The CIMeC BabyLab and Neonatal Neuroimaging Unit study infant cognition since the first hours of life and through infancy.
Among neuroscientists and developmental psychologists, it has always been discussed whether our brain/mind structure relies more on the phylogenetic contribution of human kind evolution or on the specific influence of the life experiences we make. To find an answer is no easy: we know that our brain develops slowly and it shows great plasticity properties, however it has also been proved that there are some advanced cognitive abilities that are present since birth. Indeed there are shreds of evidence proving that infants show behaviors comparable to adults ones (for example fast and automatic face perception).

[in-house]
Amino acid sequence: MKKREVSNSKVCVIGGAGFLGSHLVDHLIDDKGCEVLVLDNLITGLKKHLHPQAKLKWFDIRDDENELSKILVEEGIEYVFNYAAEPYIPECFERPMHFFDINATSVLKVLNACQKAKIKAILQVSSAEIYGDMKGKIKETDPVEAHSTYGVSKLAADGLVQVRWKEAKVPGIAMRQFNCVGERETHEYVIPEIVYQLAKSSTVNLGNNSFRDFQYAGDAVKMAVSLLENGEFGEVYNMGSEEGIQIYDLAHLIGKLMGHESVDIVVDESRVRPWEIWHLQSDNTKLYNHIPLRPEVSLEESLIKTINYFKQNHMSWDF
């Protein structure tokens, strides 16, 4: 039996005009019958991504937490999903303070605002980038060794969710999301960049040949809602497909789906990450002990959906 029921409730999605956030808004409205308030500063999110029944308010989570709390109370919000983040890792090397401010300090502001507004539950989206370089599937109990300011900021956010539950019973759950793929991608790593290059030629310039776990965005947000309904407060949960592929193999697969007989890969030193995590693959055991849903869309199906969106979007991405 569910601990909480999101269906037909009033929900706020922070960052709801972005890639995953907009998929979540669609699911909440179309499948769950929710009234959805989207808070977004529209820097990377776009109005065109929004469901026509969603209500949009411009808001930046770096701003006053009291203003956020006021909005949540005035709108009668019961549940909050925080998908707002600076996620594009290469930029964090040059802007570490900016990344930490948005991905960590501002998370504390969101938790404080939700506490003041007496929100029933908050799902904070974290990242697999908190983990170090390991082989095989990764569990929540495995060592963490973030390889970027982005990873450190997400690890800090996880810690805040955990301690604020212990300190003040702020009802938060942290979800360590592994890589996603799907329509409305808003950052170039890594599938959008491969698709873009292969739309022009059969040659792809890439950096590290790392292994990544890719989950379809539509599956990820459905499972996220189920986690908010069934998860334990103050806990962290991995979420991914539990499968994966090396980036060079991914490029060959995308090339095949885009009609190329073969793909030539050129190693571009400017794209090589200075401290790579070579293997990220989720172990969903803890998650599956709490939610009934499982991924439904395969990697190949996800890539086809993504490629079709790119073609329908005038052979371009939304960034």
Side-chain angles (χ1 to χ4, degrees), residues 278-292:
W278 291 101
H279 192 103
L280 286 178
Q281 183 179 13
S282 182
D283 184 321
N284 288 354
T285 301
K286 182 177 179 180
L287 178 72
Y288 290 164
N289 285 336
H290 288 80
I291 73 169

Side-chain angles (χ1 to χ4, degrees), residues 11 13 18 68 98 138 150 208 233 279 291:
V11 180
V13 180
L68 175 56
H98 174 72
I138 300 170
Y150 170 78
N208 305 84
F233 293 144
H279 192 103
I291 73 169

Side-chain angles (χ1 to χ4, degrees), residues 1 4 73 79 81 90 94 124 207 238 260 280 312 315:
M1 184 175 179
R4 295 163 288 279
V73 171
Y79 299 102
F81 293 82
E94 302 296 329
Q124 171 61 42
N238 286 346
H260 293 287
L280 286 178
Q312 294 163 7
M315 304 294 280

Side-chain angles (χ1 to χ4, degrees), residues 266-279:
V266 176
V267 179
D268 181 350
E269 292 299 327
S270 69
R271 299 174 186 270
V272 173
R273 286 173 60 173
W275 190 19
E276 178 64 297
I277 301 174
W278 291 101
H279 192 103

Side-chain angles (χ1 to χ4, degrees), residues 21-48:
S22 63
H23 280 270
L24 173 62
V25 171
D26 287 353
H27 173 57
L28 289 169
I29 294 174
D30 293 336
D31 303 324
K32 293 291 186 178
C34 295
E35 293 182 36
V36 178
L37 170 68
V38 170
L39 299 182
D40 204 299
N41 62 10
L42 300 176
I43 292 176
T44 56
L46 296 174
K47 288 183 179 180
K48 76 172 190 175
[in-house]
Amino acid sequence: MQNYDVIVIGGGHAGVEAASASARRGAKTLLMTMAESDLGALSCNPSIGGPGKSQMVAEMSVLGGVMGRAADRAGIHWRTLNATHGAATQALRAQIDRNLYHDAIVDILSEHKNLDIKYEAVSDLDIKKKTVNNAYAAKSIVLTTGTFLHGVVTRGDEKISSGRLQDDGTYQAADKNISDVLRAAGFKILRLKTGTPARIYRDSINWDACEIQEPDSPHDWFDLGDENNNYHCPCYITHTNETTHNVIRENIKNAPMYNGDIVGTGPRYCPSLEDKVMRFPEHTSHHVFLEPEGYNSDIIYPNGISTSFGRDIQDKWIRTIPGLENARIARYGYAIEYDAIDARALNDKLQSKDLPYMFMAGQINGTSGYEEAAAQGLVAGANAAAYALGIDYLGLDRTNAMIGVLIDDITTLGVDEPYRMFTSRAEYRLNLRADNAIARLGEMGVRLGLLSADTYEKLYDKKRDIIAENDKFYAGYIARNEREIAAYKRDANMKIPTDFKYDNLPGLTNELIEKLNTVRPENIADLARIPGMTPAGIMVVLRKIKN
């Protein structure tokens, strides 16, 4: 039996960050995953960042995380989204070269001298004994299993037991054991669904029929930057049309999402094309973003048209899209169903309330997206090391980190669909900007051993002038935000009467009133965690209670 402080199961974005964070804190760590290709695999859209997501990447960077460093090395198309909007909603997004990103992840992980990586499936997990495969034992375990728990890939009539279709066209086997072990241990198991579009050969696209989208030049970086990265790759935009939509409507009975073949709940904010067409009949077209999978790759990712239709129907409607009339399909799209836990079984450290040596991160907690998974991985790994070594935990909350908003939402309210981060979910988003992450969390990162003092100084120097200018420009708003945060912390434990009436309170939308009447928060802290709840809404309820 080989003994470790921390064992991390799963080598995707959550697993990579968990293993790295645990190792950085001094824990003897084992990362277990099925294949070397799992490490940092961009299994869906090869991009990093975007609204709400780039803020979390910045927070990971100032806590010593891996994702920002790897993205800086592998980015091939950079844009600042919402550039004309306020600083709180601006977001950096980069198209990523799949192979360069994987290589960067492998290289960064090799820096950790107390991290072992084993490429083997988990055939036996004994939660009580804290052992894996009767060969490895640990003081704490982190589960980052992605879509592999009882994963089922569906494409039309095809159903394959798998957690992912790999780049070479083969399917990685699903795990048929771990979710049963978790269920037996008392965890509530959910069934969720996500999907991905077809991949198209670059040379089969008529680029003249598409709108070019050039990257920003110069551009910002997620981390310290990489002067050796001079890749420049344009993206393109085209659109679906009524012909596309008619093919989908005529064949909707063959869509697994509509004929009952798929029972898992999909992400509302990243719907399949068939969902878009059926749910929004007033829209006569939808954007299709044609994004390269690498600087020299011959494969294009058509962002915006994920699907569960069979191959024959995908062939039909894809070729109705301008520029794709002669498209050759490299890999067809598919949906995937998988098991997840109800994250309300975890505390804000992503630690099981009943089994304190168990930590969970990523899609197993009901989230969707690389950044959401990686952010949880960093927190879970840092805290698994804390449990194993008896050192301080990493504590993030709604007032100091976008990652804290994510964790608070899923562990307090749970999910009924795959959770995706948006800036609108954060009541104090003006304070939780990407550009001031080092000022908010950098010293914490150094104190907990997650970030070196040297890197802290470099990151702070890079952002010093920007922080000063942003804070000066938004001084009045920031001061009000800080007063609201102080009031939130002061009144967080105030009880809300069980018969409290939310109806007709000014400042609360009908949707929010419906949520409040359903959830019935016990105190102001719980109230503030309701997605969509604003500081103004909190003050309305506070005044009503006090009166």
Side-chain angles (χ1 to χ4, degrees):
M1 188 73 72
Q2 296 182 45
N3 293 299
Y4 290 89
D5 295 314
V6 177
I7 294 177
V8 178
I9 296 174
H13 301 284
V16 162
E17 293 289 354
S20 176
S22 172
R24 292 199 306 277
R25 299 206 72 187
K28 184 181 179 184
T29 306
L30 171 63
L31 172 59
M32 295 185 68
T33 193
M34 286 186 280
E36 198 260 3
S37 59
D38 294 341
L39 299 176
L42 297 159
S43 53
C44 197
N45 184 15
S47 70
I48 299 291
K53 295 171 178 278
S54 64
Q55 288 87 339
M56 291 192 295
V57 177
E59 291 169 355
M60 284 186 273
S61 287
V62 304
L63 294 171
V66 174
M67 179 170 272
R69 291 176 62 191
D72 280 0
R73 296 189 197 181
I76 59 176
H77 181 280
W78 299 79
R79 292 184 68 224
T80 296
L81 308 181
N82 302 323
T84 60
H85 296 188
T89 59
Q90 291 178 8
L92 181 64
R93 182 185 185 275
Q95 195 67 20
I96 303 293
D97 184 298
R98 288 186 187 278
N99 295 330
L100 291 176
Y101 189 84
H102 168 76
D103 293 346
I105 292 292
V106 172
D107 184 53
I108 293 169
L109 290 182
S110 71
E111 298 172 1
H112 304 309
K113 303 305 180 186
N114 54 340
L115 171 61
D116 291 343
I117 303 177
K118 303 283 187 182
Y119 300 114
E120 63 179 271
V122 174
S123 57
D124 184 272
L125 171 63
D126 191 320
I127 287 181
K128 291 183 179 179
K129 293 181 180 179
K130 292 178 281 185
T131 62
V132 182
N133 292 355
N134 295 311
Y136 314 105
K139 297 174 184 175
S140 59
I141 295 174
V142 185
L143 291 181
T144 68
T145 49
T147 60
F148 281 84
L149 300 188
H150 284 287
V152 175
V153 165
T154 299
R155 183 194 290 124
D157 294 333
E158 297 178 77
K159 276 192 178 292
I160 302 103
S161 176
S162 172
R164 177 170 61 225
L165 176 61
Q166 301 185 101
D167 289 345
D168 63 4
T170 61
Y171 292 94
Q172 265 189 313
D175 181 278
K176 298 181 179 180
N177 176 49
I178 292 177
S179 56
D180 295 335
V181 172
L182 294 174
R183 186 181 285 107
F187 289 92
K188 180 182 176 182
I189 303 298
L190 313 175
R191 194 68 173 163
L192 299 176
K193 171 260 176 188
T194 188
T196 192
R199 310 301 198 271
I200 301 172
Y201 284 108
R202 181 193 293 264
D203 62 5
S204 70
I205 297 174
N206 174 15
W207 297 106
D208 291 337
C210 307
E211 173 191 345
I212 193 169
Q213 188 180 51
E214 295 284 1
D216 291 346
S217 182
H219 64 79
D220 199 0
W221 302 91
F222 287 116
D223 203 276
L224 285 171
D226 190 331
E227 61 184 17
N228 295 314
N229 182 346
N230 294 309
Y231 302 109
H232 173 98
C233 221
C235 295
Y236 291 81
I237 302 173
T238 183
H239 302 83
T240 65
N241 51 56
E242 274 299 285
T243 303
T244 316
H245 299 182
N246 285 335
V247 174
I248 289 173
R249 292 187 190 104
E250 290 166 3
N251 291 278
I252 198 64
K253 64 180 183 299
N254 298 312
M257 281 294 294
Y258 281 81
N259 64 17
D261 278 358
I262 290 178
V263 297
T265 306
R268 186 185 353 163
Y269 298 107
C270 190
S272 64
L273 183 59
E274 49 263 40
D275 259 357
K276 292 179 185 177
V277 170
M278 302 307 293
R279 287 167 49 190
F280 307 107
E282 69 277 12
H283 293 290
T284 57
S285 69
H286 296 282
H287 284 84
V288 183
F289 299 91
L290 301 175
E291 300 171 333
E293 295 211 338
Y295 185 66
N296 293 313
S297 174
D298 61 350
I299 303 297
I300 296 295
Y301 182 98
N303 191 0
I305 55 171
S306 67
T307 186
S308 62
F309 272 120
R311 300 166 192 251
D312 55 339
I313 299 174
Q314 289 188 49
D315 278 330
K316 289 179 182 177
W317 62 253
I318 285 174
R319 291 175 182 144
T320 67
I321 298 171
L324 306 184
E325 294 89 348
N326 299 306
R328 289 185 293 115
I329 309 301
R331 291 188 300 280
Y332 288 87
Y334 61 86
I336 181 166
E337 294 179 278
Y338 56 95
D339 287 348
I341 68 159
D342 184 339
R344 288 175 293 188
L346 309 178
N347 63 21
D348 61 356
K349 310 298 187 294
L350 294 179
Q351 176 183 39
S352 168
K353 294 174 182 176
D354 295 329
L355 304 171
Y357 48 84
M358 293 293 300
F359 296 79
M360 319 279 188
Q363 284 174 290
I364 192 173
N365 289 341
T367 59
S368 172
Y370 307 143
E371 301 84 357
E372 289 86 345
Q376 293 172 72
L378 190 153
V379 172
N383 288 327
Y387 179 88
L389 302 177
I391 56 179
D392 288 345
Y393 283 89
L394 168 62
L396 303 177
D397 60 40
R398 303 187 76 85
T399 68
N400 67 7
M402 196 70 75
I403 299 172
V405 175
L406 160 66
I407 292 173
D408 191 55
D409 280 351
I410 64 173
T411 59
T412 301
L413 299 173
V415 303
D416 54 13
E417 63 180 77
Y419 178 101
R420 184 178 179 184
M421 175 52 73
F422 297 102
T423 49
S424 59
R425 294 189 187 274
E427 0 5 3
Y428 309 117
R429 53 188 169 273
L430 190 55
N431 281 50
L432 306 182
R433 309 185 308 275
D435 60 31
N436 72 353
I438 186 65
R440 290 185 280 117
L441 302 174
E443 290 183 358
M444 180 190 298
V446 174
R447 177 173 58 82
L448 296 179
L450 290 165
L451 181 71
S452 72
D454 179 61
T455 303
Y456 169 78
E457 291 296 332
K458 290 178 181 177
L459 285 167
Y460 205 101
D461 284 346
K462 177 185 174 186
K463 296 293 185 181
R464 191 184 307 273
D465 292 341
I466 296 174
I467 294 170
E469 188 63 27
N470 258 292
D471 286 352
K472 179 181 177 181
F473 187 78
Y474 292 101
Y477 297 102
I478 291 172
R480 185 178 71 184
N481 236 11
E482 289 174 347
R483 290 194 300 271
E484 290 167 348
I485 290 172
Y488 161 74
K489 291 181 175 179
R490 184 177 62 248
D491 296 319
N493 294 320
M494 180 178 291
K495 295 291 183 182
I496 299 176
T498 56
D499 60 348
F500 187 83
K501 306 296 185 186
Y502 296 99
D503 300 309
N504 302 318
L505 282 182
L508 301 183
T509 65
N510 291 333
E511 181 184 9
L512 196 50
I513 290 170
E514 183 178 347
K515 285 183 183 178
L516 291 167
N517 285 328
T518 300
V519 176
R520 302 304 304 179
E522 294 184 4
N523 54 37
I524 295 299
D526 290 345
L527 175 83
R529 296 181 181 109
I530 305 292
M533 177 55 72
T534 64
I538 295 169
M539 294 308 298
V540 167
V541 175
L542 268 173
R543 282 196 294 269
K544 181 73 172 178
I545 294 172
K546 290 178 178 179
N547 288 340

In addition to understanding what these competencies are and how they develop over time, one of the biggest challenges is to understand whether these cognitive functions rely on the same neural networks in adults and infants. Indeed nowadays the origin of the functional specialization of the brain is still unknown: is it econded in our genes or does it emerge over time in relation to the experience we make?
In our lab, we try to answer these questions by investigating the infants' brains with both behavioral and neuroimaging studies.